Stone Mountain, Georgia, is many things to many people, but one cannot dispute that it is a place that celebrates Confederate heritage. Sometimes the connection might make some people feel uneasy (not so for others). Nor is it the first time the Confederate carvings there have been the subject of controversy. But here we are again, as people discuss what to do with Stone Mountain … if anything.
I think Stone Mountain is amusing, but then again I find most representations of Robert E. Lee and Stonewall Jackson outside of Virginia (and, in Jackson’s case, West Virginia) to be amusing. Aside from a short period in 1861/62 when Lee was placed in charge of the coastal defense of South Carolina and Georgia, neither general stepped foot in Georgia during the war. Lee cut off furloughs to Georgia’s soldiers later in the war because he was convinced that once home they’d never come back. He resisted the dispatch of James Longstreet’s two divisions westward to defend northern Georgia, and he had no answer when Sherman operated in the state. It would be better to see Joseph E. Johnston and John Bell Hood on the mountain, although it probably would have been difficult to get those two men to ride together. Maybe Braxton Bragg would have been a better pick, but no one calls him the hero of Chickamauga. Yet Bragg, Johnston, and Hood all attempted to defend Georgia, and they are ignored on Stone Mountain. So is Joe Wheeler, whose cavalry feasted off Georgians in 1864; so is John B. Gordon, wartime hero and postwar Klansman (given Stone Mountain’s history, Klansman Gordon would have been a good choice).
It’s also amusing to see Jefferson Davis represented. Yes, Davis came to Georgia, once to try to settle disputes within the high command of the Army of Tennessee (not a rousing success) and once to rally white Georgians to the cause once more after the fall of Atlanta. But any serious student of the war knows that Davis spent much of his presidency arguing with Georgia governor Joseph Brown about Georgia’s contribution to the Confederate war effort, and that the vice president of the Confederacy, Georgia’s own Alexander Hamilton Stephens, was not a big supporter of his superior. Yet we don’t see Brown or Stephens on Stone Mountain, either.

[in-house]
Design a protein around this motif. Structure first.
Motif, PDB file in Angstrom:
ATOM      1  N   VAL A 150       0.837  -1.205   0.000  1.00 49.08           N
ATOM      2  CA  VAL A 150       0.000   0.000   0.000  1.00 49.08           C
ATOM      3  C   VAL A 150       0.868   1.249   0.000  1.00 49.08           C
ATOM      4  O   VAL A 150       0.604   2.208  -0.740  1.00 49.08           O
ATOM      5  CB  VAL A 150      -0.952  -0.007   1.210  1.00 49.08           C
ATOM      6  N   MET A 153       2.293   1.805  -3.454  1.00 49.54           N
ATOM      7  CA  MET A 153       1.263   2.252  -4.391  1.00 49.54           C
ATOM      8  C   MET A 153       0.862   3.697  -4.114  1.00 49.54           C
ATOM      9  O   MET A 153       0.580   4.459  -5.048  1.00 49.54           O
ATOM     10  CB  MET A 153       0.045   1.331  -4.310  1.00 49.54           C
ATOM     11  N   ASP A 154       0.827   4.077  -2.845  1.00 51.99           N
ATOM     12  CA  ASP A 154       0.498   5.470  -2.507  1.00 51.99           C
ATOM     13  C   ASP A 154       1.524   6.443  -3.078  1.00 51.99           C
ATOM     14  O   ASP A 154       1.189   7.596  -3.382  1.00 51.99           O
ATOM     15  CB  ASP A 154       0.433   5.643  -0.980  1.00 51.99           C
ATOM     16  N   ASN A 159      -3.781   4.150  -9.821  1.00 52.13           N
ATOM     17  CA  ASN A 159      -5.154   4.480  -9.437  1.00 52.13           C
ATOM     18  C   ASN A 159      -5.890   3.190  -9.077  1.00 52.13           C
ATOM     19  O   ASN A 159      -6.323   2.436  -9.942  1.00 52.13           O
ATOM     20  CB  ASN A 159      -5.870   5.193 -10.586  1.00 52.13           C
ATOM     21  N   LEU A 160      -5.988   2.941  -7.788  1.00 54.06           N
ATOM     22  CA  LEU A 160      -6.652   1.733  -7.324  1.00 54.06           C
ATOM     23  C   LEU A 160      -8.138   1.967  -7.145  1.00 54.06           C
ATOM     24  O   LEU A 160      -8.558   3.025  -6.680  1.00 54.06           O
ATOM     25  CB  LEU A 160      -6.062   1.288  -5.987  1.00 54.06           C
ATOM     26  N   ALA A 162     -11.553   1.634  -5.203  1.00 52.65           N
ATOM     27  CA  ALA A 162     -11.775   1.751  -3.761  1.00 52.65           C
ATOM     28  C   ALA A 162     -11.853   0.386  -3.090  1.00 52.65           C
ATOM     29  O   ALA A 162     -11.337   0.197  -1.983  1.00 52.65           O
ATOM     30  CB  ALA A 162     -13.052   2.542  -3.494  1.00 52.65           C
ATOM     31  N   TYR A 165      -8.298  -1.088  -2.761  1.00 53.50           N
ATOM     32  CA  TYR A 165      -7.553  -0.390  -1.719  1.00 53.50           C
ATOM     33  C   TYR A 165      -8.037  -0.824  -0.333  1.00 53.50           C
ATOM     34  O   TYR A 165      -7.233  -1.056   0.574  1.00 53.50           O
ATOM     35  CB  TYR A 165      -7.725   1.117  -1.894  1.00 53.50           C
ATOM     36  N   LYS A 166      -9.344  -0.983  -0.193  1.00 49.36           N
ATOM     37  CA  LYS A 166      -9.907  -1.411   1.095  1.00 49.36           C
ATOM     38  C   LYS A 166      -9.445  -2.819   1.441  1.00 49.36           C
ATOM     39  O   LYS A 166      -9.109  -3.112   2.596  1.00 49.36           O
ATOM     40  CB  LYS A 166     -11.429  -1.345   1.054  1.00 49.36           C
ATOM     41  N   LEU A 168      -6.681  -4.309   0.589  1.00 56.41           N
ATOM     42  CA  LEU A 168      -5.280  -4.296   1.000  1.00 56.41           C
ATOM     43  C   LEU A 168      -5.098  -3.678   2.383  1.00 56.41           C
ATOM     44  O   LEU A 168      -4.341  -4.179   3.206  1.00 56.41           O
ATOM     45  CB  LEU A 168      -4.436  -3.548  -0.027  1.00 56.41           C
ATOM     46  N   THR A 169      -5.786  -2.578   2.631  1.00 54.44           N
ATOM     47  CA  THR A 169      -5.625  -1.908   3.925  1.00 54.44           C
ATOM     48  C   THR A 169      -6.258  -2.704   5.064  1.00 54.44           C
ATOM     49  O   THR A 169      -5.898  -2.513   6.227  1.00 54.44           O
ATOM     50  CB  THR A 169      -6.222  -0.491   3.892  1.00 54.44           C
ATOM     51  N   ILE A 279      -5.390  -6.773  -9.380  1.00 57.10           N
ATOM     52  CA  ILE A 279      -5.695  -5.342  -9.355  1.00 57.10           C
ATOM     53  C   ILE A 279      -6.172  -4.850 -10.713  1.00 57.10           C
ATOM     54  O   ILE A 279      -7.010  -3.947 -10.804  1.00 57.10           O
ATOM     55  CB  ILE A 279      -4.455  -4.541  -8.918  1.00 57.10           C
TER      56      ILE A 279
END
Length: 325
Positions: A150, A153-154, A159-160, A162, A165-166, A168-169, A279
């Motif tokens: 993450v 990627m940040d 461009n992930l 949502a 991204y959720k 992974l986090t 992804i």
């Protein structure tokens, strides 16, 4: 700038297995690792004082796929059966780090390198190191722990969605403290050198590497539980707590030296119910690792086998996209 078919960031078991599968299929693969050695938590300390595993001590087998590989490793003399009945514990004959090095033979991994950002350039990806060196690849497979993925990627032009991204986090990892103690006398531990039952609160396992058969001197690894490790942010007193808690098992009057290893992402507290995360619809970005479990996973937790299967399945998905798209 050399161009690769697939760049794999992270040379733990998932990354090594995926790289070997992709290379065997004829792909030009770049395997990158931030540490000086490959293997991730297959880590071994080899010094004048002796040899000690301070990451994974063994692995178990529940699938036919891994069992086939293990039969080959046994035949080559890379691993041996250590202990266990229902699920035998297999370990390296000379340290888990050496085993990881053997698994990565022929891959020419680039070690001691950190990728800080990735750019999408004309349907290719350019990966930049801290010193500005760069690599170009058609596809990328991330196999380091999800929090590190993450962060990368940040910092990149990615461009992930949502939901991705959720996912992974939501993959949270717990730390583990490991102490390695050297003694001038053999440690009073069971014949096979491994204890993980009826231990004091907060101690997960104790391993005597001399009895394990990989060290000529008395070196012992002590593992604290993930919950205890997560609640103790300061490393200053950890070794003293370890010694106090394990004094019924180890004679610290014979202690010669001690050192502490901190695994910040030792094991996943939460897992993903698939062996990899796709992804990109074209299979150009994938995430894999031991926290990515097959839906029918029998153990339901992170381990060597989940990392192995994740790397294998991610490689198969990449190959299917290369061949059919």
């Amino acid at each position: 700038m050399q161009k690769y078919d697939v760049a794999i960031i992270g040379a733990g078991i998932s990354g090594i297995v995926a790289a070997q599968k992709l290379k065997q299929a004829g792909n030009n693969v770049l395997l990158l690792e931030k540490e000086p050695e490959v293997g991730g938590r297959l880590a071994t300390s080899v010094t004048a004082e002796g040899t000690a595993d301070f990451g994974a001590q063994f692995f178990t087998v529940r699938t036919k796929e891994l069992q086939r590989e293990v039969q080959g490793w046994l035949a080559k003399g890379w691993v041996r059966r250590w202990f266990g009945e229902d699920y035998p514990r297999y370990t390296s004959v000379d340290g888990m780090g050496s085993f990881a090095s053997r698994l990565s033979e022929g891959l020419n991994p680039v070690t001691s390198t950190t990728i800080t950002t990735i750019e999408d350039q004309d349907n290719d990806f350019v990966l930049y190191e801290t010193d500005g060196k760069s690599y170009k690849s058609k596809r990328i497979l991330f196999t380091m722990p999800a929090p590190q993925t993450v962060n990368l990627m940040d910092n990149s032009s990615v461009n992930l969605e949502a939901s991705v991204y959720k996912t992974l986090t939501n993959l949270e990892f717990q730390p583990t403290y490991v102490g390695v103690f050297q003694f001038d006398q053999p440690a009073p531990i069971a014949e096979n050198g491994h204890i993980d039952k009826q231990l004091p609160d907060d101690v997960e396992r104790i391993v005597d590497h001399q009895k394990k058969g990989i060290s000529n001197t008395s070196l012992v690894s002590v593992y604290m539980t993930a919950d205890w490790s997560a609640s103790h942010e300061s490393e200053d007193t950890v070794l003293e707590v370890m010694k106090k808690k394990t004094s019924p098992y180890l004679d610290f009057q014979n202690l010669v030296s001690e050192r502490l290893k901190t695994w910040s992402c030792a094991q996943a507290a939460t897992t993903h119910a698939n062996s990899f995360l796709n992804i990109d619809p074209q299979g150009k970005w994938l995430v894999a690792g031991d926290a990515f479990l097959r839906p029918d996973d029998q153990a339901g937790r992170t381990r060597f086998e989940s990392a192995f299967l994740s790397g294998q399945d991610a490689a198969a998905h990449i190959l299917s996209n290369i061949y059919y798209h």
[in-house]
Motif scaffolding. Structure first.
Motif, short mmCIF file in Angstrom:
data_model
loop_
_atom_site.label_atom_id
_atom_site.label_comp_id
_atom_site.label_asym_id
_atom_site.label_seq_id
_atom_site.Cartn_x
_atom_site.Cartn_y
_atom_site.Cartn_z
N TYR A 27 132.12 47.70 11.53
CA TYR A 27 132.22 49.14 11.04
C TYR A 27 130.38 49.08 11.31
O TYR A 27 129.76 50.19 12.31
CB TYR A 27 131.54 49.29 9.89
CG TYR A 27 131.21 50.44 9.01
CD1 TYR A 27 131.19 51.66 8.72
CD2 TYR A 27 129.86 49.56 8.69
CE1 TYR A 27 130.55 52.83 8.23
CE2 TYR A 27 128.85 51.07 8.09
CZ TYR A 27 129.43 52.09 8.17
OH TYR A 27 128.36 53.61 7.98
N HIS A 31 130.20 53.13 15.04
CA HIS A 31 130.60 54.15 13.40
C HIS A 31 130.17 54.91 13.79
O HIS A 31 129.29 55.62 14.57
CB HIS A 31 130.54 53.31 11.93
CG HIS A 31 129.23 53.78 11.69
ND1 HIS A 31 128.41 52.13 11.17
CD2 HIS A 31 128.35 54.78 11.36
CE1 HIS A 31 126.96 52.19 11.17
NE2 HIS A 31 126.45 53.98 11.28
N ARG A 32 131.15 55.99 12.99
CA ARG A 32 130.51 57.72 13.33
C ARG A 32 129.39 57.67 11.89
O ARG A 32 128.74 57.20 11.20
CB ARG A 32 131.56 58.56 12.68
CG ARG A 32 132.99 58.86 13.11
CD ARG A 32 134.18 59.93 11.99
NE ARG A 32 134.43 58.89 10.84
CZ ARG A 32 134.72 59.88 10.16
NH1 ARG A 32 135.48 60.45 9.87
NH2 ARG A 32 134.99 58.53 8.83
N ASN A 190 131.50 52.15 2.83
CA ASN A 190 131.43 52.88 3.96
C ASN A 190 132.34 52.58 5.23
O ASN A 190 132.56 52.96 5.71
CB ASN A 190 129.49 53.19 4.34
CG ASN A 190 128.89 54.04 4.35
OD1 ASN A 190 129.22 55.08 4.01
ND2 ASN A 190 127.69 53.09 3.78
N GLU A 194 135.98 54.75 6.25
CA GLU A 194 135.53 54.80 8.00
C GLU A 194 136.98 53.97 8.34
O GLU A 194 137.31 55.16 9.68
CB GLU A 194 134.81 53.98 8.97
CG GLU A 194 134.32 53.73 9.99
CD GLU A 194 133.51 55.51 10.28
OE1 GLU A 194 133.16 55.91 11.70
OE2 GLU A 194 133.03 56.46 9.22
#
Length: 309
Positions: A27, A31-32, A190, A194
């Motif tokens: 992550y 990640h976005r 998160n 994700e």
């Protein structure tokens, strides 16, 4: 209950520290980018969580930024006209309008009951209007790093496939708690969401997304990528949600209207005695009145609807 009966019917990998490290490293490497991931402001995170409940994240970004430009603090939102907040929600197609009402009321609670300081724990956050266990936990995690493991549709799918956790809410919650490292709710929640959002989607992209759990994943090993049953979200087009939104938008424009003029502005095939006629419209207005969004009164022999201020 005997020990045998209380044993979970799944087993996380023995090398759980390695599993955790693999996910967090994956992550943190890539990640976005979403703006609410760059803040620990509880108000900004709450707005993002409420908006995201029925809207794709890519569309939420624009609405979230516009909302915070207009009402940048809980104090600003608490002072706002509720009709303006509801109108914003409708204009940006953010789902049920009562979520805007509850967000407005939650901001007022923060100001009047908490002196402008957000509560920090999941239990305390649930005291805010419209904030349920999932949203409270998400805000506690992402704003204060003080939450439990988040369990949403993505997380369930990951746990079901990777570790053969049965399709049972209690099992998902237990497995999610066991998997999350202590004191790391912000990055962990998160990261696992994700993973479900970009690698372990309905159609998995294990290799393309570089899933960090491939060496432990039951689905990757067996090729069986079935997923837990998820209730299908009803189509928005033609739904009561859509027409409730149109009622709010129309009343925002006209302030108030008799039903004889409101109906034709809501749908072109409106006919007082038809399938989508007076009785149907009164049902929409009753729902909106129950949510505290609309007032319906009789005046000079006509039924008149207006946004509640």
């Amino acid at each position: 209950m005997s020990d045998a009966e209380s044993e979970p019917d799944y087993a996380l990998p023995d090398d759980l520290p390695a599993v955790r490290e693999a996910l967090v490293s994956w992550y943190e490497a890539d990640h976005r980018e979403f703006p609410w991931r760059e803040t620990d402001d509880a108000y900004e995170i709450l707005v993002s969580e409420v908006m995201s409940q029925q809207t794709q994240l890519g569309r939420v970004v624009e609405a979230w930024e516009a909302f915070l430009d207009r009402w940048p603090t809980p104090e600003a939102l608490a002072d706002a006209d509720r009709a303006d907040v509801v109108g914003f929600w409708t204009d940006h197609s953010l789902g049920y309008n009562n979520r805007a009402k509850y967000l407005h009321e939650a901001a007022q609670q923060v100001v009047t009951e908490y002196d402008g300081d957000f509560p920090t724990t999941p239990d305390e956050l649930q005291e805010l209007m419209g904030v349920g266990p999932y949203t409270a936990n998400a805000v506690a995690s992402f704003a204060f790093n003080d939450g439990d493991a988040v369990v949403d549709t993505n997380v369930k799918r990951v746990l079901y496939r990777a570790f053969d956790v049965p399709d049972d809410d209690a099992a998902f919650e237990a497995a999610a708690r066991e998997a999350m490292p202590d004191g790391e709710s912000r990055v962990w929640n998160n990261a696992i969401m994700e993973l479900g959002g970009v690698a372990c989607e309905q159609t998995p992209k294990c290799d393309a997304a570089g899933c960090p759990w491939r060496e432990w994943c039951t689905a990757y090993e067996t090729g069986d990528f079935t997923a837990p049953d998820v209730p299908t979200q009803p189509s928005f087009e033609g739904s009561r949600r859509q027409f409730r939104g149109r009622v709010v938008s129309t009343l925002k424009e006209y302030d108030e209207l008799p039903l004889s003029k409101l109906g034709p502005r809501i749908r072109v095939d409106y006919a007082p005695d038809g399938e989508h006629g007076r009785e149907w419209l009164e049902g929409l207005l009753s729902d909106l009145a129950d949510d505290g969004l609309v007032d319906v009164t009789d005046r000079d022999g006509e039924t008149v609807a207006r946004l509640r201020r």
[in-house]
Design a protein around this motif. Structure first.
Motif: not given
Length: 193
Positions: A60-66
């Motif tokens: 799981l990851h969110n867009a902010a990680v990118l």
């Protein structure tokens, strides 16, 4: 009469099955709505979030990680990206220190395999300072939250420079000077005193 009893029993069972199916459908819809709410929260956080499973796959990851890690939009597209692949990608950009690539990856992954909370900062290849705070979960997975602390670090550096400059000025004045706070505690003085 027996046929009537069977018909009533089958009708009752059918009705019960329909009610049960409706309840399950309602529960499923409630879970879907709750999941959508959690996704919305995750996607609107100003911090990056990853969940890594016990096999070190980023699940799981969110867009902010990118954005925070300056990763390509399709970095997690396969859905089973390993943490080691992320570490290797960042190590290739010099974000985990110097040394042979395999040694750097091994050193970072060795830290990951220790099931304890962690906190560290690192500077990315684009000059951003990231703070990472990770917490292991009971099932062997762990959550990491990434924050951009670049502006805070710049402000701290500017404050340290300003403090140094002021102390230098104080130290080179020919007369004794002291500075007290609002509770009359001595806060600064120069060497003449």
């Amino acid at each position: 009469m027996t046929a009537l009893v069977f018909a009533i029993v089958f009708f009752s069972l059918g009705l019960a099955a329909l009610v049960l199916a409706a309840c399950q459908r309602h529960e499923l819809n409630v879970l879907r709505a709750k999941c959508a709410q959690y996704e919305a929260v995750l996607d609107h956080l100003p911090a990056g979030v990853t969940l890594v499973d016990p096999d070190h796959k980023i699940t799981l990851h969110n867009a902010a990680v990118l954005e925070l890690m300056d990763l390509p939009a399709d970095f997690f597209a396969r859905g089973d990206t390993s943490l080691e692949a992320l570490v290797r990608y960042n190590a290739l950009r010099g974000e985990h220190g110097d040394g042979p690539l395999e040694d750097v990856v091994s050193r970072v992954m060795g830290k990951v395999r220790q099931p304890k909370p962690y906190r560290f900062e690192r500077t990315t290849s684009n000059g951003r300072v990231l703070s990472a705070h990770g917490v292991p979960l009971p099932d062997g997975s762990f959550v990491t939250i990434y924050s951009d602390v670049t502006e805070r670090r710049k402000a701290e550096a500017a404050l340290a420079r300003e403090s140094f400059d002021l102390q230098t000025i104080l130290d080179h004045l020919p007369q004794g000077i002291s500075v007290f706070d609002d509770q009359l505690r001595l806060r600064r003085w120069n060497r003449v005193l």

What we see on Stone Mountain, in short, is a fabricated representation of Confederate unity, harmony, and success, when in fact the real story of Georgia’s Confederate years suggests otherwise.
Currently people are discussing several courses of action concerning the carvings on Stone Mountain. One, of course, is to retain the status quo. At the opposite extreme is a proposal to eliminate the carvings of Davis, Lee, and Jackson. One group proposed adding Outkast to the mountainside.
Who’s Outkast, you ask?
I can see playing this back-to-back with “Dixie,” can’t you?
More interesting is a proposal to add more icons of Georgia and Southern heritage to the mountainside. Figures suggested include Jimmy Carter and Martin Luther King, Jr. As King shares a January holiday with Lee and Jackson in several states, there’s no good objection to extend that to Stone Mountain, right?
At the heart of this proposal, folks, is a very simple question: is southern heritage more than simply Confederate heritage? When some people claim they are defending southern heritage, aren’t they really just defending Confederate heritage, and reducing the history of the South to a short period of time?
By the way, there’s the usual debate over the display of Confederate flags, too.
It will be interesting to see how this discussion plays out.